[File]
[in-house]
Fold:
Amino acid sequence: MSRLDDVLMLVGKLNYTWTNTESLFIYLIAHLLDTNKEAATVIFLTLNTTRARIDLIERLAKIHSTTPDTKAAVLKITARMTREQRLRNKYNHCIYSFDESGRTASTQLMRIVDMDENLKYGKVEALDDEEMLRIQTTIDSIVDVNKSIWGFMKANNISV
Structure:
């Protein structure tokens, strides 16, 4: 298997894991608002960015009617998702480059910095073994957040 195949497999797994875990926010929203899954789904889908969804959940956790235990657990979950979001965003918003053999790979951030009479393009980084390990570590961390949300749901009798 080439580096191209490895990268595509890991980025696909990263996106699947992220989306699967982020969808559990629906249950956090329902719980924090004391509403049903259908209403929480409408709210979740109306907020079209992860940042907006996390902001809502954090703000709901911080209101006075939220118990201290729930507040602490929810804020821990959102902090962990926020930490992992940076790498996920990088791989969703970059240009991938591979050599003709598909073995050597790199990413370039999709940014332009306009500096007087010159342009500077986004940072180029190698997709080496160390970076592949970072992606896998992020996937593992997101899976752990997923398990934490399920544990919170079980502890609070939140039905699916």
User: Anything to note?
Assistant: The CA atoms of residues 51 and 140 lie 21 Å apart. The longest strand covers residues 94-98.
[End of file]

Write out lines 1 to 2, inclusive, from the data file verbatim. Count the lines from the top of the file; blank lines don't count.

[in-house]
Fold: